Interview with Vahid Maleki, Nafiseh Azad’s Husband
Update on Case of Imprisoned Campaign Member Nafiseh Azad
Sunday 1 February 2009
Change for Equality—February 1, 2009: While officials announced yesterday that they would take Nafiseh Azad to the Revolutionary Courts to follow-up her objection to the temporary arrest order issued in her case, her husband Vahid Maleki was informed by officials at the Security Police Station One in Darband that the investigations regarding the case of Azad are ongoing and that she must remain in prison. The following is an interview with Vahid Maleki, regarding the latest updates in the case of Nafiseh Azad, a women’s rights activist and member of the Campaign who was arrested in the mountains in the north of Tehran on Friday January 30, 2009 along with two others while collecting signatures in support of the Campaign’s petition.
CFE: Mr. Maleki, how were you informed about the arrest of Nafiseh?
VM: I was informed on Friday at noon, when a friend of Nafiseh’s contacted me. I was told that Nafiseh was arrested in the Tochal mountains while collecting signatures in support of the Campaign’s petition. It seems that the police had intended to arrest one of her colleagues in the Campaign, by the name of Bigard Ebrahimi. Nafiseh and another member of the Campaign went forward to assist Bigard, and to ask the police not to arrest her, when they were also arrested. They were taken to the Security Police Station One in Darband and then transferred to Vozara Detention Center. I came to Tehran on Saturday January 31, 2009 in the morning to follow up on the case of my wife.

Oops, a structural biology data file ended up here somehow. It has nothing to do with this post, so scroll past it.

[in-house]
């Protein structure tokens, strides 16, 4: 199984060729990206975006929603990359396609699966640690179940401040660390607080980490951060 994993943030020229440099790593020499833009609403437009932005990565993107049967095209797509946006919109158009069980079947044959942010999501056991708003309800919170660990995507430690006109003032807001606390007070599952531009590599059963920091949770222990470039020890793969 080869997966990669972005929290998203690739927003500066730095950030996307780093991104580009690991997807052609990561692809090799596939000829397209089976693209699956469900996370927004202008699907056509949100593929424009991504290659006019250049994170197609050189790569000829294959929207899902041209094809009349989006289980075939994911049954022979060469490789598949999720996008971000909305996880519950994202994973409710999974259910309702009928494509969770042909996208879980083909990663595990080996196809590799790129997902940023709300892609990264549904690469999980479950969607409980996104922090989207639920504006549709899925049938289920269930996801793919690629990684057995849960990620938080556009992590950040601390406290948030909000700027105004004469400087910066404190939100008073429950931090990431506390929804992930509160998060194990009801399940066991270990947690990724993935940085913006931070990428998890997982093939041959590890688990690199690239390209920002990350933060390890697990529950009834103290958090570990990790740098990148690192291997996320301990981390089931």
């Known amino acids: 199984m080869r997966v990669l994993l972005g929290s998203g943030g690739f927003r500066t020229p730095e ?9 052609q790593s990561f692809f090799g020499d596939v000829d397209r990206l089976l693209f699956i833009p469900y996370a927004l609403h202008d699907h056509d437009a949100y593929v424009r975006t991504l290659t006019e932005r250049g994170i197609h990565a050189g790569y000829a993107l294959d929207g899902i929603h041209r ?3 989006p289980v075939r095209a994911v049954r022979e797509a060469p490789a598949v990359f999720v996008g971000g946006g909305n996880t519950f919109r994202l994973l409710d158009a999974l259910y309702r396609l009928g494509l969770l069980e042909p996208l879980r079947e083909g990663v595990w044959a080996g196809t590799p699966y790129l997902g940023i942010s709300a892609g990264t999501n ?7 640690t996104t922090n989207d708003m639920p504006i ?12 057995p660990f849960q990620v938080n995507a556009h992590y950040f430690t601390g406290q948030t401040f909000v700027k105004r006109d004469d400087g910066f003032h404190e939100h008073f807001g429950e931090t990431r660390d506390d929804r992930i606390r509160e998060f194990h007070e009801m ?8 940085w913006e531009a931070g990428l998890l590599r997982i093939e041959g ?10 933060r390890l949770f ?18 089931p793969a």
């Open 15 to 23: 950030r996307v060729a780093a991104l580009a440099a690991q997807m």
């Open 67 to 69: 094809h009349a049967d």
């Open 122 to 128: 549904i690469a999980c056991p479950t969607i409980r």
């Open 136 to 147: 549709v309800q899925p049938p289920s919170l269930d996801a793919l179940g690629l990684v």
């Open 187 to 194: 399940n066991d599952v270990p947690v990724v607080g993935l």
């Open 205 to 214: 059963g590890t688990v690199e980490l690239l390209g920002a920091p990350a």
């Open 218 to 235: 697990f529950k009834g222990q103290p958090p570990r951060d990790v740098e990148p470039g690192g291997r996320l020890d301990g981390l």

CFE: Have you been able to visit with Nafiseh since her arrest?
VM: On Saturday morning all the three individuals arrested were scheduled to go to the Revolutionary Courts, which of course took until noon. I was able to visit for a bit and talk to Nafiseh in front of the Revolutionary Courts when she was being transferred back to Vozara Detention Center.
CFE: How was she?
VM: She was in good spirits but it seemed that she had a cold.
CFE: Did you talk about her interrogations and how she had been treated in detention?
VM: As mentioned I was able to talk with Nafiseh shortly as she was being transferred back to Vozara Detention Center. From what I could gather, she was interrogated at Vozara Detention Center. Nafiseh explained that they had questioned her regarding how she was arrested and also the collection of signatures as well as other issues which are unrelated to her arrest. She seemed upset about this fact.